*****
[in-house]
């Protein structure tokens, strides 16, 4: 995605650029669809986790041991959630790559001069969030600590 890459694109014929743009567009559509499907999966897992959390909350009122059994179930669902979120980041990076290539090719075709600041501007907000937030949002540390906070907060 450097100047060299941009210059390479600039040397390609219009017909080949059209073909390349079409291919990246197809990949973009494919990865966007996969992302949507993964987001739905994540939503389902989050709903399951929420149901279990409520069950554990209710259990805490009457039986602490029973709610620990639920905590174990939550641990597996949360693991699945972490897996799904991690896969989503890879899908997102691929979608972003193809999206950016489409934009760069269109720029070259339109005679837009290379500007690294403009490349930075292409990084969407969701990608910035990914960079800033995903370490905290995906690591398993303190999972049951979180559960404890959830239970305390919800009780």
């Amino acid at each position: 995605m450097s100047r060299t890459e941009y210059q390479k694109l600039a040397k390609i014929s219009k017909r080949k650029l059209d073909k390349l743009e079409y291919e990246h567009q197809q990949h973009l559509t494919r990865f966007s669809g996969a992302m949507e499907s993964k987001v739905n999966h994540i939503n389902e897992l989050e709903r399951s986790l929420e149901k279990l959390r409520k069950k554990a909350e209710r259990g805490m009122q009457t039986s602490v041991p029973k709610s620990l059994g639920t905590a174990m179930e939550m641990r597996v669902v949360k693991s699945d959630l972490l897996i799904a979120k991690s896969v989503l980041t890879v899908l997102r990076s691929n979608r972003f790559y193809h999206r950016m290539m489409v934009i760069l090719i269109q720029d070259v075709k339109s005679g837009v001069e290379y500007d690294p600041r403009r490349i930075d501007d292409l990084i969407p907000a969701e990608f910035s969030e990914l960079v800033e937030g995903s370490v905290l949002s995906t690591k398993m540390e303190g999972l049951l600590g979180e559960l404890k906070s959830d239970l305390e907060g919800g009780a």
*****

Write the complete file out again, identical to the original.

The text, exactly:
[in-house]
């Protein structure tokens, strides 16, 4: 995605650029669809986790041991959630790559001069969030600590 890459694109014929743009567009559509499907999966897992959390909350009122059994179930669902979120980041990076290539090719075709600041501007907000937030949002540390906070907060 450097100047060299941009210059390479600039040397390609219009017909080949059209073909390349079409291919990246197809990949973009494919990865966007996969992302949507993964987001739905994540939503389902989050709903399951929420149901279990409520069950554990209710259990805490009457039986602490029973709610620990639920905590174990939550641990597996949360693991699945972490897996799904991690896969989503890879899908997102691929979608972003193809999206950016489409934009760069269109720029070259339109005679837009290379500007690294403009490349930075292409990084969407969701990608910035990914960079800033995903370490905290995906690591398993303190999972049951979180559960404890959830239970305390919800009780």
């Amino acid at each position: 995605m450097s100047r060299t890459e941009y210059q390479k694109l600039a040397k390609i014929s219009k017909r080949k650029l059209d073909k390349l743009e079409y291919e990246h567009q197809q990949h973009l559509t494919r990865f966007s669809g996969a992302m949507e499907s993964k987001v739905n999966h994540i939503n389902e897992l989050e709903r399951s986790l929420e149901k279990l959390r409520k069950k554990a909350e209710r259990g805490m009122q009457t039986s602490v041991p029973k709610s620990l059994g639920t905590a174990m179930e939550m641990r597996v669902v949360k693991s699945d959630l972490l897996i799904a979120k991690s896969v989503l980041t890879v899908l997102r990076s691929n979608r972003f790559y193809h999206r950016m290539m489409v934009i760069l090719i269109q720029d070259v075709k339109s005679g837009v001069e290379y500007d690294p600041r403009r490349i930075d501007d292409l990084i969407p907000a969701e990608f910035s969030e990914l960079v800033e937030g995903s370490v905290l949002s995906t690591k398993m540390e303190g999972l049951l600590g979180e559960l404890k906070s959830d239970l305390e907060g919800g009780a």